Improved medical technology has helped people to survive the pandemic. For example, masks can filter out the virus, and people are treated with antiviral drugs. In addition, improved communication technology has helped physicians contact their patients without seeing them.
Technology is here to bridge the pandemic gap between patients and healthcare providers. One of these bridges is found in the new field of telehealth.
Improved medical communication technology is usually referred to as telehealth in healthcare. Essentially, it gives patients the ability to connect with physicians through digital media. This can be done through phone, video, or even text. The use of telehealth has many advantages:
- Patients can feel more comfortable discussing their health concerns without feeling judged.
- Physicians can diagnose and treat patients remotely, which may help prevent infection.
- Telehealth can also help reduce healthcare costs by allowing patients to receive care at home.
Telehealth is a vital tool that should be used during a pandemic to improve patient outcomes, especially for those who are not infected by the virus; It can alleviate the burden of the pandemic on hospitals and clinics.
The Rise of Telehealth
Many saw the benefits of telehealth. Hence, it has received a staggering 160% increase in investments lately. The biggest investment deals are around one billion dollars, making this digital tech one of the most invested technologies in medicine. The weirdest part of all is that it’s not being used by physicians directly. Another communication technology that isn’t inherently found in medicine but finding its way into hospitals and clinics is virtual reality.
VR in Healthcare
Virtual reality technology is also being used to help patients feel more comfortable and relaxed in the hospital setting. This is especially important for children who need to visit the hospital for procedures or treatments. VR can help to distract them from their fears and anxieties, making their experience less traumatic. In addition, VR can train healthcare professionals on how to best care for patients.
Currently, physicians can also use VR to hold virtual meetings with their peers. It can imitate a face-to-face meeting, making it an excellent way to consult with other physicians on a case. This technology can also provide continuing medical education (CME) for physicians in the comfort of their homes.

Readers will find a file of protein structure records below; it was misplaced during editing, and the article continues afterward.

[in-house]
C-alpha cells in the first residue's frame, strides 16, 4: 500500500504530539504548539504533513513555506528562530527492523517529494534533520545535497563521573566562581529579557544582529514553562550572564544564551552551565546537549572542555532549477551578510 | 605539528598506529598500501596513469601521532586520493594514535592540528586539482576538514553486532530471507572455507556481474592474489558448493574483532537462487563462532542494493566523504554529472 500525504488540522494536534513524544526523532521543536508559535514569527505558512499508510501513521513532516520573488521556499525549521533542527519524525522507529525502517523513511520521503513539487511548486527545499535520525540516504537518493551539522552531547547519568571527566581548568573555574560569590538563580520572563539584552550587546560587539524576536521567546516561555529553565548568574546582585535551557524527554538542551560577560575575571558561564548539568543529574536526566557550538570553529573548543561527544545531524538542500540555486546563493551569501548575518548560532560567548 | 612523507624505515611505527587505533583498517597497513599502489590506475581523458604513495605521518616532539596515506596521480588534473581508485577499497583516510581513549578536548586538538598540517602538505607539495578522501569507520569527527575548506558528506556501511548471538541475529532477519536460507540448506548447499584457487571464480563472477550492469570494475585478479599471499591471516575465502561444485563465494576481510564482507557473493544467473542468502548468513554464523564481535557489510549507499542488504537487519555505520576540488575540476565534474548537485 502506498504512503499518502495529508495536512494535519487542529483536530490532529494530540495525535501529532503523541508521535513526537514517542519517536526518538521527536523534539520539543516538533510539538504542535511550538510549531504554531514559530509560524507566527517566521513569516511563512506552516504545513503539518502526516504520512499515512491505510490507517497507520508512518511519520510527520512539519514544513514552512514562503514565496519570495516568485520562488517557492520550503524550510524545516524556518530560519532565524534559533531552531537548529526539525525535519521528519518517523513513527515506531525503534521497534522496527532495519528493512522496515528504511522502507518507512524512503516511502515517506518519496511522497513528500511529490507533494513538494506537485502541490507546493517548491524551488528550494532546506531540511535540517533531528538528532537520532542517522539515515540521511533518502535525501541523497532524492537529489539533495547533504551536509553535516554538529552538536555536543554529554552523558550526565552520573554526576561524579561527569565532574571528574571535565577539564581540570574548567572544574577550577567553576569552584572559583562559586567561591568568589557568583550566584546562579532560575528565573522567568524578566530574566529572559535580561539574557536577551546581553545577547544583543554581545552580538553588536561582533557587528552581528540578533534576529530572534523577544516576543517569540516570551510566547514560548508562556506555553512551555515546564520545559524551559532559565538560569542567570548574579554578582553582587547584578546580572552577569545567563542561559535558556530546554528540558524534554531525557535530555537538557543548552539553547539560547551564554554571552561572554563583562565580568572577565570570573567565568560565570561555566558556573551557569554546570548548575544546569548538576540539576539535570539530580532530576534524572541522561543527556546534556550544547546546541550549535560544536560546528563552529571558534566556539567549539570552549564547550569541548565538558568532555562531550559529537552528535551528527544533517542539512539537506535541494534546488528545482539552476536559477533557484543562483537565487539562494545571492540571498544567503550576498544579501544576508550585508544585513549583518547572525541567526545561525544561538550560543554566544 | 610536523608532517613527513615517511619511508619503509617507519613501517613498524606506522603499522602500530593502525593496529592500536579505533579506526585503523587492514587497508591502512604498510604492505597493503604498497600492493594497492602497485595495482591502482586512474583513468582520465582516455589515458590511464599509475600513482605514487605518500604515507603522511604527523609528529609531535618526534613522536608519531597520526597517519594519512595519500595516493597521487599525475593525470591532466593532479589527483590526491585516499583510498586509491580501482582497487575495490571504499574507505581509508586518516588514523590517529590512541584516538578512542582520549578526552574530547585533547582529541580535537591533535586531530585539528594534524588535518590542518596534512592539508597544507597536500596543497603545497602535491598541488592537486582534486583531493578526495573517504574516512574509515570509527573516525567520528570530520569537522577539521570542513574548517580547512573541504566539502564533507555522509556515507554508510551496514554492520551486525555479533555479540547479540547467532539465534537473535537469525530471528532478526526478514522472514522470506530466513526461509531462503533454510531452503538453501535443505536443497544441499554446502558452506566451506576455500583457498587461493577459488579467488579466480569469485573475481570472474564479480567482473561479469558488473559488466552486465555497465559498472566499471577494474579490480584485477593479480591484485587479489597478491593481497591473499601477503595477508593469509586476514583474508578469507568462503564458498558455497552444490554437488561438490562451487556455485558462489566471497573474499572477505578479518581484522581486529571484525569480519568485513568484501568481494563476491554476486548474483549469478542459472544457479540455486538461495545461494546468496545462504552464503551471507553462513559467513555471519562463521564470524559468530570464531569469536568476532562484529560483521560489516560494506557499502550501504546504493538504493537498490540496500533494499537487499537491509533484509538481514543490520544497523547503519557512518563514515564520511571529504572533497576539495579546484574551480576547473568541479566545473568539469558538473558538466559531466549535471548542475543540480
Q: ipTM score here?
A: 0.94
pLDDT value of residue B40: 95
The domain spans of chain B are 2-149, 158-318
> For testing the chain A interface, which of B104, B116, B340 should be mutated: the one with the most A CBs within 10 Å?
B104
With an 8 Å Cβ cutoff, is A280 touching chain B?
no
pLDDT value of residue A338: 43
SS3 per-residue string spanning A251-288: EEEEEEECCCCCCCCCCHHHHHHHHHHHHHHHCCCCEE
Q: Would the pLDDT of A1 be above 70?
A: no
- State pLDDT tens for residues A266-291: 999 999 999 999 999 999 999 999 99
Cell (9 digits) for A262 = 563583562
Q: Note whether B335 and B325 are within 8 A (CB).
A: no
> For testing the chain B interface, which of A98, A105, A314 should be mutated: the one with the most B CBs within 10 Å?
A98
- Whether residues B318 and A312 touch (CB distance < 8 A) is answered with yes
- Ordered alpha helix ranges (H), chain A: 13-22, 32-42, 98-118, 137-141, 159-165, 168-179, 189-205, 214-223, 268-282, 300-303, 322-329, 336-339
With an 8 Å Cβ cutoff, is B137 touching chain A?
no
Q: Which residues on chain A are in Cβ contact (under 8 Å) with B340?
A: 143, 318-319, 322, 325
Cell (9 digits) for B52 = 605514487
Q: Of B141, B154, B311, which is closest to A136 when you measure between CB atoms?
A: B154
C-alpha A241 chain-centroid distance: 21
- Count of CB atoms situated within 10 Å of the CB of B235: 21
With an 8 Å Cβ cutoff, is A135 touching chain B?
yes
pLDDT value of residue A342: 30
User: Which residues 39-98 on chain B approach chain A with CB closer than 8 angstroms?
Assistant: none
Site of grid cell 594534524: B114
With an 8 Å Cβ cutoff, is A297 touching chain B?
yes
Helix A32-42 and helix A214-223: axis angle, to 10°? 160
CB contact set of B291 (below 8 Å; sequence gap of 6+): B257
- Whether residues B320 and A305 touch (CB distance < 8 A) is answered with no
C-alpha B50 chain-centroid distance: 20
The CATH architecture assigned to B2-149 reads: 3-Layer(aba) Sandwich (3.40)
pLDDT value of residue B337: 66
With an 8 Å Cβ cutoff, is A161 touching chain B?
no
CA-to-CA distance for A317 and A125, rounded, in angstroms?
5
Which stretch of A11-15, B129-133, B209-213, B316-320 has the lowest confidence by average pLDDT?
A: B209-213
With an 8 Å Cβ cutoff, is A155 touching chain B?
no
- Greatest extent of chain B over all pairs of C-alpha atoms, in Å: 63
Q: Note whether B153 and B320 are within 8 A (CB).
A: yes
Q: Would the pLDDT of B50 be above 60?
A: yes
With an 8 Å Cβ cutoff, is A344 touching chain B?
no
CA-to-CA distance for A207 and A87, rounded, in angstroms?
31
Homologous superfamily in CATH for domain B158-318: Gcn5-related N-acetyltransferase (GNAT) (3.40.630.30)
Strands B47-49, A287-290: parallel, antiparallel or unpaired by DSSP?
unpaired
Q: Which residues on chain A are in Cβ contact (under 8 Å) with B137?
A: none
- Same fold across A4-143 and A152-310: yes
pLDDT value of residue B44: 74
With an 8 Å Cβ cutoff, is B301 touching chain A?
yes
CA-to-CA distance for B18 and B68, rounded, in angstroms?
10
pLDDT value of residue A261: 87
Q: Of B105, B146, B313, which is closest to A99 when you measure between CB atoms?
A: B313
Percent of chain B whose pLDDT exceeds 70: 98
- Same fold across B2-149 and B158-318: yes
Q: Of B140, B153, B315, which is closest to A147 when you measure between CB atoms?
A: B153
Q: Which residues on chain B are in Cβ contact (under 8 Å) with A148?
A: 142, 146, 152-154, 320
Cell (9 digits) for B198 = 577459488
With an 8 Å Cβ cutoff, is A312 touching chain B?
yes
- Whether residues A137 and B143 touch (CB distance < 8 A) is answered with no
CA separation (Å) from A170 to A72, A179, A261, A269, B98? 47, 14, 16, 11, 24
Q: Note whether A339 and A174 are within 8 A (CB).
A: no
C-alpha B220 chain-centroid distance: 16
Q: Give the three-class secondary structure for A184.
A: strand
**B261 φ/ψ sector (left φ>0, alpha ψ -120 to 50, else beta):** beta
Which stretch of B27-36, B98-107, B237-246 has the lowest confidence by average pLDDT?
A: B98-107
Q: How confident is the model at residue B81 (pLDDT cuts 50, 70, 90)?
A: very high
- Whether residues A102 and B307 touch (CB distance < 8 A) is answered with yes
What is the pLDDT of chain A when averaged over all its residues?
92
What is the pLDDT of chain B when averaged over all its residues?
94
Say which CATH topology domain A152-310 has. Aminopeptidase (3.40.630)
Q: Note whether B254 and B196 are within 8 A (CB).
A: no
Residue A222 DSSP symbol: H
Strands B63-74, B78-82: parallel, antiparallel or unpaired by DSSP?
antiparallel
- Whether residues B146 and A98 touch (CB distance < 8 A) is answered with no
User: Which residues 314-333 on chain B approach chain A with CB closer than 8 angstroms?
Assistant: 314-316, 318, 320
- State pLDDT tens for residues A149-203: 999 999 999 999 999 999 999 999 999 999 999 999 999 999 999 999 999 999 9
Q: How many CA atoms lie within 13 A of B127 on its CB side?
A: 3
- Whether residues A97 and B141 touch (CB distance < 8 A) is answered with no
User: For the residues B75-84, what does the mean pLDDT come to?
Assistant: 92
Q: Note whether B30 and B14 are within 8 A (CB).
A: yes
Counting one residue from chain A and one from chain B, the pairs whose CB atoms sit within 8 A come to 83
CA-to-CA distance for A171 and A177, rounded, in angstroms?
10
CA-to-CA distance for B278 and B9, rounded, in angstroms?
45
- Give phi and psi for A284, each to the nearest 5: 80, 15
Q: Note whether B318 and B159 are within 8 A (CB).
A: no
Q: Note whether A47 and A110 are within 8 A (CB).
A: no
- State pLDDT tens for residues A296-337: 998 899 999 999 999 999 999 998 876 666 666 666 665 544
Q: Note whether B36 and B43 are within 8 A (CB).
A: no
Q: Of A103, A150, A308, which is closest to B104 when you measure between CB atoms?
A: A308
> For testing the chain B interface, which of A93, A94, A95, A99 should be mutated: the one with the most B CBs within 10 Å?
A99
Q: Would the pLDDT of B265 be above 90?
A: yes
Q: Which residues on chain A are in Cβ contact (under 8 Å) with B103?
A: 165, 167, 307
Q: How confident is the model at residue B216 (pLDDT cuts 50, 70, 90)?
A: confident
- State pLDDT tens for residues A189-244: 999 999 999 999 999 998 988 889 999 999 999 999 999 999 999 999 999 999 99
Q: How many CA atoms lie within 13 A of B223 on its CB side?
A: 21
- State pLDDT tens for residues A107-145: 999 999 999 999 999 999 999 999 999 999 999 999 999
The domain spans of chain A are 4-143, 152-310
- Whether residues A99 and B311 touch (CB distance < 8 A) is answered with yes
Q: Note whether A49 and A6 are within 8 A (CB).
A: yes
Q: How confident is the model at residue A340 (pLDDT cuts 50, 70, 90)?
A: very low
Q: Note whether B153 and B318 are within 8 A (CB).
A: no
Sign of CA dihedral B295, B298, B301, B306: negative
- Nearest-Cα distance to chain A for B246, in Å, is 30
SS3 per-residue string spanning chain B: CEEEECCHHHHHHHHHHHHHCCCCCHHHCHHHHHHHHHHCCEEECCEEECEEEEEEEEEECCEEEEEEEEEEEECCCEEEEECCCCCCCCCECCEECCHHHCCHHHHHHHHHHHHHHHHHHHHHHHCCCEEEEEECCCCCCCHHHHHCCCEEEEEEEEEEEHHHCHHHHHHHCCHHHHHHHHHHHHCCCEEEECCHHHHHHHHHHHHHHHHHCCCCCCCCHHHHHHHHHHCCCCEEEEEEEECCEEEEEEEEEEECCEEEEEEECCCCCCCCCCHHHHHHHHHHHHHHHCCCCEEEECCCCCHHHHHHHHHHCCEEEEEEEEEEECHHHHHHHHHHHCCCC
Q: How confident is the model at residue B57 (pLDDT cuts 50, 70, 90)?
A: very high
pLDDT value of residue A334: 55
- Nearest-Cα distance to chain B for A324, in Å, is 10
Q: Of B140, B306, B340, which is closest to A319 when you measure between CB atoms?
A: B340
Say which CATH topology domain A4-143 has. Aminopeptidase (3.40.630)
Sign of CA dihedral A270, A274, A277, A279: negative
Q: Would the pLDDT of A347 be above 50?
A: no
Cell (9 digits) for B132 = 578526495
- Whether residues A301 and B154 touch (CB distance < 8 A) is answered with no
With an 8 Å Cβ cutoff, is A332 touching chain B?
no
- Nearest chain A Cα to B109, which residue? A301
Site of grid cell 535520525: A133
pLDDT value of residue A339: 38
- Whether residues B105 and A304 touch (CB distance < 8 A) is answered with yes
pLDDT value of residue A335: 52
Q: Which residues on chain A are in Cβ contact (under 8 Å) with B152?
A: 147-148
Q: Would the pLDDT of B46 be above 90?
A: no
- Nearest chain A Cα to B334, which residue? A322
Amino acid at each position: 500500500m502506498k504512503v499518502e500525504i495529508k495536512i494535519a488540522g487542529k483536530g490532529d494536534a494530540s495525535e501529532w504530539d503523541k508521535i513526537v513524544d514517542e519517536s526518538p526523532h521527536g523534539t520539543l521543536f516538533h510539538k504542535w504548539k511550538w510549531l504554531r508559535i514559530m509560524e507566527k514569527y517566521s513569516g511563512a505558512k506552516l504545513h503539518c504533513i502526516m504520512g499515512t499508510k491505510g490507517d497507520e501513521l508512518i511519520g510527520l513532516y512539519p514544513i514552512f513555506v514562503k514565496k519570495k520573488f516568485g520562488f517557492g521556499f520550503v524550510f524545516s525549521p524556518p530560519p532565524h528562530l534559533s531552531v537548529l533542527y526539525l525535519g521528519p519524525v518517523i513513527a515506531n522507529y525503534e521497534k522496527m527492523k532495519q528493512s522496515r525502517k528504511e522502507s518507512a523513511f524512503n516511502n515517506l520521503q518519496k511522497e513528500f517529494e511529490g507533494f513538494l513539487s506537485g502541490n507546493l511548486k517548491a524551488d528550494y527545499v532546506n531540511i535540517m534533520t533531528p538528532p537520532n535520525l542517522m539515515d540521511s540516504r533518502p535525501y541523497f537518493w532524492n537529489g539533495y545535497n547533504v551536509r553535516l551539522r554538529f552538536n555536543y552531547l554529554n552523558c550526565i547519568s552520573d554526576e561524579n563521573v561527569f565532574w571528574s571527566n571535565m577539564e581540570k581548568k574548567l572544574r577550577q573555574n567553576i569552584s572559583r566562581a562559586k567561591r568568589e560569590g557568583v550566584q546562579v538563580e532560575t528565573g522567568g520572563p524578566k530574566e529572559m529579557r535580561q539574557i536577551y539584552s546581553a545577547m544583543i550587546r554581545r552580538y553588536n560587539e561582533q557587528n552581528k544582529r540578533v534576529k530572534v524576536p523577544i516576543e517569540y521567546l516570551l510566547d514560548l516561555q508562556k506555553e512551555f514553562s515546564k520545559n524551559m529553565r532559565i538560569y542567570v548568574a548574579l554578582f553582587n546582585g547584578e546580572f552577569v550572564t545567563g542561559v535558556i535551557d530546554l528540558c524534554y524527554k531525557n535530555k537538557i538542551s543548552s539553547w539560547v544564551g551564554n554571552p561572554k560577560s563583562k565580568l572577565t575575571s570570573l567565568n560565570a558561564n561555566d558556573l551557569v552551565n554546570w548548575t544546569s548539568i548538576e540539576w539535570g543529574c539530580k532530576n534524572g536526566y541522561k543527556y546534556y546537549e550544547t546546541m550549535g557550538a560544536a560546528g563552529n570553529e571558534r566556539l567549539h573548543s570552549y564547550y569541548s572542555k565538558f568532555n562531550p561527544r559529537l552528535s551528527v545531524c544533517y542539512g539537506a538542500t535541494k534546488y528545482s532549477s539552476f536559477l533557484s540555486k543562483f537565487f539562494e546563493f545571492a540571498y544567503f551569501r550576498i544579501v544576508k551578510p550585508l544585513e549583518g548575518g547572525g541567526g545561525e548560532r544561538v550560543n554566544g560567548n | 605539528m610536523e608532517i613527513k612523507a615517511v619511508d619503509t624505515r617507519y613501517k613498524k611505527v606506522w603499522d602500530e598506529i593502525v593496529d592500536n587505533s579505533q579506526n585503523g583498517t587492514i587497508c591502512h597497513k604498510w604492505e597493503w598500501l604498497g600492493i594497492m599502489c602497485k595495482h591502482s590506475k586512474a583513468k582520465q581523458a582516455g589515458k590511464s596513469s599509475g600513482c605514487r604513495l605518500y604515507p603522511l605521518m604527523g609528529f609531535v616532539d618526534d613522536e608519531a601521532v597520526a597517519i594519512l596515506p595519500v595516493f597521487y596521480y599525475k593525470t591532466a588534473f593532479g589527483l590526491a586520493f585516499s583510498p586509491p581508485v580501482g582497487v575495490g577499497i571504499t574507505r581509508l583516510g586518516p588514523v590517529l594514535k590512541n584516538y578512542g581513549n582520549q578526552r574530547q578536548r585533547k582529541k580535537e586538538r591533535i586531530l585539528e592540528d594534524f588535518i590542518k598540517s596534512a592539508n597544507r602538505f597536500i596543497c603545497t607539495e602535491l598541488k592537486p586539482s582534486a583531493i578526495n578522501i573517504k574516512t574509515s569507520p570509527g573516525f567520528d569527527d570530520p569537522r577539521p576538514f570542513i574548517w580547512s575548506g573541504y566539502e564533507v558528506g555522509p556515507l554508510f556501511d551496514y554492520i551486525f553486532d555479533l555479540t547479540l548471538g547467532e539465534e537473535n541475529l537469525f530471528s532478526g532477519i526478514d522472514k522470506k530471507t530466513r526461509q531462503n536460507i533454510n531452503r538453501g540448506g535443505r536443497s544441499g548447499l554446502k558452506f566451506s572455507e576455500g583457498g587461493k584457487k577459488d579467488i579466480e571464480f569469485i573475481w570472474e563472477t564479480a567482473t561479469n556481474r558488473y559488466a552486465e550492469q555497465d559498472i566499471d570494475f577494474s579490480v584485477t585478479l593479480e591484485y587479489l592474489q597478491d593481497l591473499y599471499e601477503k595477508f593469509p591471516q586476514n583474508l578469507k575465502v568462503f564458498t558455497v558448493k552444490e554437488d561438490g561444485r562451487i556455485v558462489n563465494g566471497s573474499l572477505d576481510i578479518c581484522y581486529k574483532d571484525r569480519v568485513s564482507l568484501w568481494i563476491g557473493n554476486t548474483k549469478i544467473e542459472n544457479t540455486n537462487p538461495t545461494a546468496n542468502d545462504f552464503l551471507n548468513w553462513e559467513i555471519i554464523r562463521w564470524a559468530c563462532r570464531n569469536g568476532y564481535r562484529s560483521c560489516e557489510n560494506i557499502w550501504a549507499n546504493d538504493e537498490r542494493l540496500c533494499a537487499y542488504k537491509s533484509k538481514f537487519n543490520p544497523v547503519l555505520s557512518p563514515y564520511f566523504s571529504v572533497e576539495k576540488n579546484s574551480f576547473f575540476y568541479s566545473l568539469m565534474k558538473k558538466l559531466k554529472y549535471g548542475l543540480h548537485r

These two technologies make a lot of sense, considering the healthcare industry’s problems today. However, such technology is still up to further debate, especially in specialized fields like dentistry.
Virtual Reality in Specialized Fields
It turns out that specialized fields like dentistry don’t need VR tech for communications. This is because, unlike general physicians, most dentists tend to work alone in their cases. However, there is one area where VR can shine, entertaining patients.
As stated earlier, VR is being used to entertain patients in the hospital setting. This is the same for some dental clinics. A study has shown that VR can mitigate pain among patients, making it crucial for people experiencing dental anxiety. But aside from this benefit, dentistry currently has no other use for VR. However, it certainly has a lot of use for telehealth.
Dentists have started to use telehealth to provide dental services to patients living in rural areas. This is done by having the patient take a panoramic photo of their teeth and then send it to the dentist. The dentist can then review the photo and provide a diagnosis and treatment plan.
This is a huge deal, especially for dental professionals that need to make certain dental accessories for their patients. Orthodontists have fallen in love with teledentistry. This is because a patient can send a picture of their teeth, which they can then use to make the necessary accessory. They can then mail the accessory and make adjustments depending on feedback. It’s an amazing process that doesn’t take too much time. Furthermore, it decreases the chances of infection.
Other specializations can also take advantage of teledentistry. It can decrease the number of physical visits in clinics, reach out to patients that can’t leave their homes, and make the process of treatment plans more efficient.
The utilization of telehealth and VR is still up for debate in the field of dentistry. VR’s ability to manage patient pain is great, but other functions are still being argued upon. However, something like teledentistry shouldn’t be passed out by the field. Its benefits are too much to ignore. With more research and development, it is likely that these technologies will become an integral part of the dental industry.